One of the most frequent questions parents ask neurologist is “how can I help my child recall things they’ve read for school?” Kids aren’t born with sharp memories but develop and improve memory skills with consistent practice and Improving memory usually requires a combination of different methods to enhance a child’s working memory.
Intelligence in children is a manifestation of the various senses such as sight, touch and sound. As children learn to process these senses, they develop better memory. Some of the kids who fall behind in class have trouble organizing information and understanding the topic.
We’ve put together a few tips to teach parents how to help their kids improve short-term and long-term memory.
Encourage kids to ask questions before reading a new content. The questions could be generated from the book, the child or your own created questions. Their attention is focused on finding answers as they read and they derive satisfaction from achieving their goal while increasing memory through specific goals.
Another method is to show the kid how to ask self-questions on what they might hear or learn in the lesson. They write their predictions before reading and as they read, write responses to their questions. During review, they check the notes for the right answers and this helps to rewire the brain memory circuits with correct information.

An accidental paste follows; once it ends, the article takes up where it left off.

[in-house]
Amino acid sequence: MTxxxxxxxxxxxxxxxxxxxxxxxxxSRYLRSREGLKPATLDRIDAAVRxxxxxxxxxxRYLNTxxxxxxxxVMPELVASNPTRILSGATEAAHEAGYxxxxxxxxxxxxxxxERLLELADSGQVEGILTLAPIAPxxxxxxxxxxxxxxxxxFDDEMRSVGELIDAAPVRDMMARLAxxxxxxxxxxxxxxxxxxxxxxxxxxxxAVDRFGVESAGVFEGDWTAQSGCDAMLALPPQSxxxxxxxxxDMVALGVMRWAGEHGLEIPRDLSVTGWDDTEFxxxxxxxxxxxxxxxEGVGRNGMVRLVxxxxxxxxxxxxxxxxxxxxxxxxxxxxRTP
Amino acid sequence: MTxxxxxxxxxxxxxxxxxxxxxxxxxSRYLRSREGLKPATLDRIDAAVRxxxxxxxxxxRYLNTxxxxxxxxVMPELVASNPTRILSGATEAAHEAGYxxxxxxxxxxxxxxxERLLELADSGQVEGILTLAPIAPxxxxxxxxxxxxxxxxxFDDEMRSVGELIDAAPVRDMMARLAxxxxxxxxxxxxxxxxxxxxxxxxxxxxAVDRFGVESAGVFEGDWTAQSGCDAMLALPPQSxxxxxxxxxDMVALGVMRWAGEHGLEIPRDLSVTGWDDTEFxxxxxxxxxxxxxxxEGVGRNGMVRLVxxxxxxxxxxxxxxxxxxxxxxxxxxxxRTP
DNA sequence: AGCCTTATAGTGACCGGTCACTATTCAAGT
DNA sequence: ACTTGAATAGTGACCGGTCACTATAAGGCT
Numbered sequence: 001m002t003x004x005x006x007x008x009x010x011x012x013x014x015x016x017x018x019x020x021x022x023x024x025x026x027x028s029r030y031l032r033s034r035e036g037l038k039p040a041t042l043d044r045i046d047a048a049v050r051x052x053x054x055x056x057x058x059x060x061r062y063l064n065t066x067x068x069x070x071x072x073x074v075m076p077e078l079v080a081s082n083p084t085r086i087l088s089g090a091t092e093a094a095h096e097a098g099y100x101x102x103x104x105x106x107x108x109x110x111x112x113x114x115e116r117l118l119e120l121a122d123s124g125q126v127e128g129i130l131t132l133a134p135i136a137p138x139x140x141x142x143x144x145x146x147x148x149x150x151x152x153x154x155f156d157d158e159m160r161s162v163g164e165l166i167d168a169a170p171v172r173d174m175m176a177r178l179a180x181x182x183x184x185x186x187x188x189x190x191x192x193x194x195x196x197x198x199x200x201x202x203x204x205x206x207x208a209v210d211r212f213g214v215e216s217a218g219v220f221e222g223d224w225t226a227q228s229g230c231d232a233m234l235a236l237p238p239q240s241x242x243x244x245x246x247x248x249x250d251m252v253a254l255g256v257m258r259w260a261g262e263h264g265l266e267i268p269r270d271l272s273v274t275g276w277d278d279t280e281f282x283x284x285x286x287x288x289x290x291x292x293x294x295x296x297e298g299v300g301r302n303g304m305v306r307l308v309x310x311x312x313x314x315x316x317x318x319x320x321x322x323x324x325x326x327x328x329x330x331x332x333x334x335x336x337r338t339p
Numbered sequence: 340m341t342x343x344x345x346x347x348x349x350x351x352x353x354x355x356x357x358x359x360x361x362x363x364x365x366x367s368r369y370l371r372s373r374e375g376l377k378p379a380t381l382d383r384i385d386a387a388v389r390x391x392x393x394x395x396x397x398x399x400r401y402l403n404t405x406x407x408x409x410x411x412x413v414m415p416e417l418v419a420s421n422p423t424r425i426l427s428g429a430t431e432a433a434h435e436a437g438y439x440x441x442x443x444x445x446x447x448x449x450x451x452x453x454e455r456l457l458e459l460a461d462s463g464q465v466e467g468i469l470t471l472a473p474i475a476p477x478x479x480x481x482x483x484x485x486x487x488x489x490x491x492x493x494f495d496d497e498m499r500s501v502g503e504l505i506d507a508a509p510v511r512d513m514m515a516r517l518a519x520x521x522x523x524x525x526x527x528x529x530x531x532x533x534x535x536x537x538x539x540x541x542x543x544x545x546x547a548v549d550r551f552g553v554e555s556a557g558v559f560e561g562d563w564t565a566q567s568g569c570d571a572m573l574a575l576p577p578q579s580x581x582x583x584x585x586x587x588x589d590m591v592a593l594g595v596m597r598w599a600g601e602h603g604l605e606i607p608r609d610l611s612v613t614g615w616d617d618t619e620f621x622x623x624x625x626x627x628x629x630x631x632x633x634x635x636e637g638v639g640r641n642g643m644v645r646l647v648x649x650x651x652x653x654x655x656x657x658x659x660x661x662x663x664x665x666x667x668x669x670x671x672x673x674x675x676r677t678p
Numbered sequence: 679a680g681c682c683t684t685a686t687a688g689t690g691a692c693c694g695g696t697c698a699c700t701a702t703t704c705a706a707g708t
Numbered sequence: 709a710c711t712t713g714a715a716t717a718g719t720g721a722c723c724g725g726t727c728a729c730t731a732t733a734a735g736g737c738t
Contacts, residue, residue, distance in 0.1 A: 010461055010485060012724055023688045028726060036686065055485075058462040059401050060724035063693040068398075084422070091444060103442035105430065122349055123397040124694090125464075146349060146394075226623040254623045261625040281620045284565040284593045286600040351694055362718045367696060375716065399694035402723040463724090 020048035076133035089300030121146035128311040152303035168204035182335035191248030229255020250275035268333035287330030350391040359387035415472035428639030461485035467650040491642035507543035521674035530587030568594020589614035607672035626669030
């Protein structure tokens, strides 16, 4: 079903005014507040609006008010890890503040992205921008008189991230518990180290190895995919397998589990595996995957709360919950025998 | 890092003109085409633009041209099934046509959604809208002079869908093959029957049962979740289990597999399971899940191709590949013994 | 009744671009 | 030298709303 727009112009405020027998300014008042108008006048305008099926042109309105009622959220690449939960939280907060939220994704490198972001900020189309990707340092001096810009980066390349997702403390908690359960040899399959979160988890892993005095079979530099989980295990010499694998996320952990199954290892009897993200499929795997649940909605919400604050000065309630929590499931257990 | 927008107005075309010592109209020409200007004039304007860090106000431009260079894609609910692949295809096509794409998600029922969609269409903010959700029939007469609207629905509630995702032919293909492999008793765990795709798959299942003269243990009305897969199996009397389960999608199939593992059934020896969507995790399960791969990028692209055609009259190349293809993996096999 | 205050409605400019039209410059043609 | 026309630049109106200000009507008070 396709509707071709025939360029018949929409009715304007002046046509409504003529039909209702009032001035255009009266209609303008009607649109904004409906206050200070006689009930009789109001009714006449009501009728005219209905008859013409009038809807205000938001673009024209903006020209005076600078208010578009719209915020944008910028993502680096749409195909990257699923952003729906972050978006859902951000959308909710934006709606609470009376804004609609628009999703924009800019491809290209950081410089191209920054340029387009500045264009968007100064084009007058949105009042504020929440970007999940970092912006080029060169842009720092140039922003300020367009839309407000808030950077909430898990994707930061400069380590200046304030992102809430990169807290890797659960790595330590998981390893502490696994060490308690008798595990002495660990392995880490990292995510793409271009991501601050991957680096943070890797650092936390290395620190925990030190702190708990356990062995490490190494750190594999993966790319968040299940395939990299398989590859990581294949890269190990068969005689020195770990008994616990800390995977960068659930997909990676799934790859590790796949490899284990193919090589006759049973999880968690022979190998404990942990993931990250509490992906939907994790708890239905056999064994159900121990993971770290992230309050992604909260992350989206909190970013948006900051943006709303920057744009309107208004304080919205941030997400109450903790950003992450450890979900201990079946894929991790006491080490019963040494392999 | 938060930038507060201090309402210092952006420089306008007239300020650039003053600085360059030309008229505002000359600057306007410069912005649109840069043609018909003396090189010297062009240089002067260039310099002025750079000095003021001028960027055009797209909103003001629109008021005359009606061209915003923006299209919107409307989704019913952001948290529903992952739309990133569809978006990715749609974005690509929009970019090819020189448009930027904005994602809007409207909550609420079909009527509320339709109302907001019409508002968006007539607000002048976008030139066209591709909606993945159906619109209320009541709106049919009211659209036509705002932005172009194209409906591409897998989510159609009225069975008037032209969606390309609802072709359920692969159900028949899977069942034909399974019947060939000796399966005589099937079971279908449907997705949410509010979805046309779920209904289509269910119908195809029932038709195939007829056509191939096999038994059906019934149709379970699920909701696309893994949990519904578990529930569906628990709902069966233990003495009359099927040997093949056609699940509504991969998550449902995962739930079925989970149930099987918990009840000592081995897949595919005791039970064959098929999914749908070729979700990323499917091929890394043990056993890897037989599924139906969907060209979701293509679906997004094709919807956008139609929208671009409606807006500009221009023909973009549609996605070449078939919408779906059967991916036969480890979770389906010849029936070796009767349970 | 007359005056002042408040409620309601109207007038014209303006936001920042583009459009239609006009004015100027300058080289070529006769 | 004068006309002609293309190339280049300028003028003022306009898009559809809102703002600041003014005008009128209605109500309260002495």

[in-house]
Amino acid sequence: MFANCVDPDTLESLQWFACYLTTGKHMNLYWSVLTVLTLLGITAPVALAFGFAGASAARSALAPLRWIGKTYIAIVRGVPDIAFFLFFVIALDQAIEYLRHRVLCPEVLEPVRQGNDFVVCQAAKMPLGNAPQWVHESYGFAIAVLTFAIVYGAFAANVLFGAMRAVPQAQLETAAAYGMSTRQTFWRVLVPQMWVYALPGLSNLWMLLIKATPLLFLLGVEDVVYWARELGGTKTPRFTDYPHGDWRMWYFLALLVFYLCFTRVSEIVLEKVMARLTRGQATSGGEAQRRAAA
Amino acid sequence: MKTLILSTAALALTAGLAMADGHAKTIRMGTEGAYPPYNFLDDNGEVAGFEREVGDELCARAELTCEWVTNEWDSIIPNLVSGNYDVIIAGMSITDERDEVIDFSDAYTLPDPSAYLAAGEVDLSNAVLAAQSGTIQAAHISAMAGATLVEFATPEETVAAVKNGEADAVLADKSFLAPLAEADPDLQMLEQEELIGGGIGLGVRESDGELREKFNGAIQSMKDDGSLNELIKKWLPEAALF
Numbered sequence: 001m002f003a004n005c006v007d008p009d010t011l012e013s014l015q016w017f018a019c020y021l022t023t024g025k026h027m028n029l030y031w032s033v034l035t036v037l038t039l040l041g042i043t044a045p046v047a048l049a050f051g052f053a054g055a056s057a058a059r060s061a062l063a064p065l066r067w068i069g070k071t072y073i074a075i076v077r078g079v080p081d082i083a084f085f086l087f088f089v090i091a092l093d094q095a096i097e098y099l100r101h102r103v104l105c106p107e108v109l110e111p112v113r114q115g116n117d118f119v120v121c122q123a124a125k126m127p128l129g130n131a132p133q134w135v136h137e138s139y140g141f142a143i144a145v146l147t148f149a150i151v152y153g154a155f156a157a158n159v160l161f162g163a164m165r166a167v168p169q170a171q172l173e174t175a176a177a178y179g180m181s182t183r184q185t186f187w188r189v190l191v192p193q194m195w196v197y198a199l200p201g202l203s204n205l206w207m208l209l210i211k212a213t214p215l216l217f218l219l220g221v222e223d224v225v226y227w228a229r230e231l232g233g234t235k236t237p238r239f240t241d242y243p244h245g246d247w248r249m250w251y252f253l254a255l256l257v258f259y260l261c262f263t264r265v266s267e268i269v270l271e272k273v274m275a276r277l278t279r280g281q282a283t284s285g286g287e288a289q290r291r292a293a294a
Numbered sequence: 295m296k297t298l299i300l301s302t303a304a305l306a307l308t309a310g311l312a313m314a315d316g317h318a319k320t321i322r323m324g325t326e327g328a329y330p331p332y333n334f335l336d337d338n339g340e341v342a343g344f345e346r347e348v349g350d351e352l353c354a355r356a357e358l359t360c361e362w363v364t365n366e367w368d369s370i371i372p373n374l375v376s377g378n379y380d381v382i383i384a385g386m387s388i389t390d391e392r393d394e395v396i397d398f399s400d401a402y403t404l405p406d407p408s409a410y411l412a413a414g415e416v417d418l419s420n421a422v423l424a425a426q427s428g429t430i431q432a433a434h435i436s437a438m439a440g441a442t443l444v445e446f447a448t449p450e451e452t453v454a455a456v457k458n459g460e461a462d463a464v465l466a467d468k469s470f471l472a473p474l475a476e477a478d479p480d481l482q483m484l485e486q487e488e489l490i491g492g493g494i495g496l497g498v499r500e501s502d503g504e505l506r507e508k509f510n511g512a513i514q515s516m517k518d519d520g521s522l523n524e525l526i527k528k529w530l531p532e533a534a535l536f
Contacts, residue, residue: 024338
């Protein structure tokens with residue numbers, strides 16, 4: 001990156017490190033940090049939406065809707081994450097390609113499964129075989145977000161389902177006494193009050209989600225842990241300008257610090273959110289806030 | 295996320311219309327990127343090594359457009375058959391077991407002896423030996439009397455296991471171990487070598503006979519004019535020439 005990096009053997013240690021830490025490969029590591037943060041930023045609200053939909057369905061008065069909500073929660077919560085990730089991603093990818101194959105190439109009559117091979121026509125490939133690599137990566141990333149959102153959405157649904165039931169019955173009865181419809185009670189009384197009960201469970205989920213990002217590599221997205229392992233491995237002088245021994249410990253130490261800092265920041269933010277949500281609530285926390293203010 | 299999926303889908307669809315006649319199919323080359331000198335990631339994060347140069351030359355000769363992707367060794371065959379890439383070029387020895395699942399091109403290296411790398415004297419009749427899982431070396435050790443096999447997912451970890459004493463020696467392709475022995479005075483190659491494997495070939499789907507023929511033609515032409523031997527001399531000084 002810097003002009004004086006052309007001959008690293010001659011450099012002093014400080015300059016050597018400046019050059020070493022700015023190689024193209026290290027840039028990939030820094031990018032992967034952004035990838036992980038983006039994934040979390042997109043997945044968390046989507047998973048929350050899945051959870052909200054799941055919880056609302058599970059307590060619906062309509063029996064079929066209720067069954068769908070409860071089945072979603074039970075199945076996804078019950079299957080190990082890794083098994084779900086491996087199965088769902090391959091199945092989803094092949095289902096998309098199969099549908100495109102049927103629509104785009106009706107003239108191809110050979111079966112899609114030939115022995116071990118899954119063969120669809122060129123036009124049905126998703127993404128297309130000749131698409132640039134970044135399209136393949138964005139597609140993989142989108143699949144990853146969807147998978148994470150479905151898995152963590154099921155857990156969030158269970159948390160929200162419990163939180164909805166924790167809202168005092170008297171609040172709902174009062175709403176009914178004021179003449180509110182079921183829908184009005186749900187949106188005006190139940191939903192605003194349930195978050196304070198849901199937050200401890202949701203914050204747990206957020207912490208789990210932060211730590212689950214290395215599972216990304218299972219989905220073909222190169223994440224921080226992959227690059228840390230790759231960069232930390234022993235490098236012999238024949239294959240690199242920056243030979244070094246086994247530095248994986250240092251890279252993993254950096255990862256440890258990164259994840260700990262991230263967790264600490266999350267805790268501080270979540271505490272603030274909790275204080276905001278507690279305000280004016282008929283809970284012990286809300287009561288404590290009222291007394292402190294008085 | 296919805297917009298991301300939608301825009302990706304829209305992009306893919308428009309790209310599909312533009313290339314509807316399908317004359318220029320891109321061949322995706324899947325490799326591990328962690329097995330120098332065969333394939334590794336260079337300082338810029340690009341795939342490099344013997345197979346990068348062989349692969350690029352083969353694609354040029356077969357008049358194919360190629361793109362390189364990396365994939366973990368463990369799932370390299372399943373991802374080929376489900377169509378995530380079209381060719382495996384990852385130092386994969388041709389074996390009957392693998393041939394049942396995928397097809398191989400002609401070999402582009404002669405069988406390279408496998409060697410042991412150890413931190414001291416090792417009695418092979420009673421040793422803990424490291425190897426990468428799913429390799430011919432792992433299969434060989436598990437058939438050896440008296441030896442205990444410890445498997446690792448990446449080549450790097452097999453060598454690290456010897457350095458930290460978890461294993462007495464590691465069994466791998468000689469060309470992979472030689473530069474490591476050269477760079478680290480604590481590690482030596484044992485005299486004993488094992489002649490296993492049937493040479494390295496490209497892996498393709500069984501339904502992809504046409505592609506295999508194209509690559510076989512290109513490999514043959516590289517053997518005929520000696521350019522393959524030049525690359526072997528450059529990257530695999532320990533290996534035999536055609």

Games are a proven way to enhance memory in children and storytelling is the most popular form that helps kids remember key points in the story. Children daydream and create images in their mind. They easily attach faces and names to personalities for faster recall. To improve long-term memory, ask the child to repeat the story continuously until its’ stored in their long-term memory.
Nursery rhymes and songs
The human brain remembers patterns and music easily, which makes it a smart choice to create poems, rhymes and songs with your kids to boost memory and recall. They work better with visuals such as toys and playthings or moving objects to consolidate the process.
Make them curious
Kids are naturally curious and have a sense of wonder that could be utilized as a tool of learning and memory. When you add novelty to curiosity, they will remember the experience. Find a way to tie what they learn in the classroom to a real-world experience. For example, if the class is about reptiles, sea creatures and other animals, a trip to the zoo pointing out each animal and discussing class notes helps the child recall information faster.
Memory boosting foods
Just like in adults, children require memory-boosting food to aid the learning process. Increase the serving of fish, nuts, dark chocolates, wild berries, avocados and green leafy veggies to enhance short and long-term memory.
Stress affects the brain’s intake of information and prevents long-term memory. When trying to help the child, be careful not to overwhelm them with pressure. Make learning fun and always destress studying to open the conscious brain where long-term memory is constructed.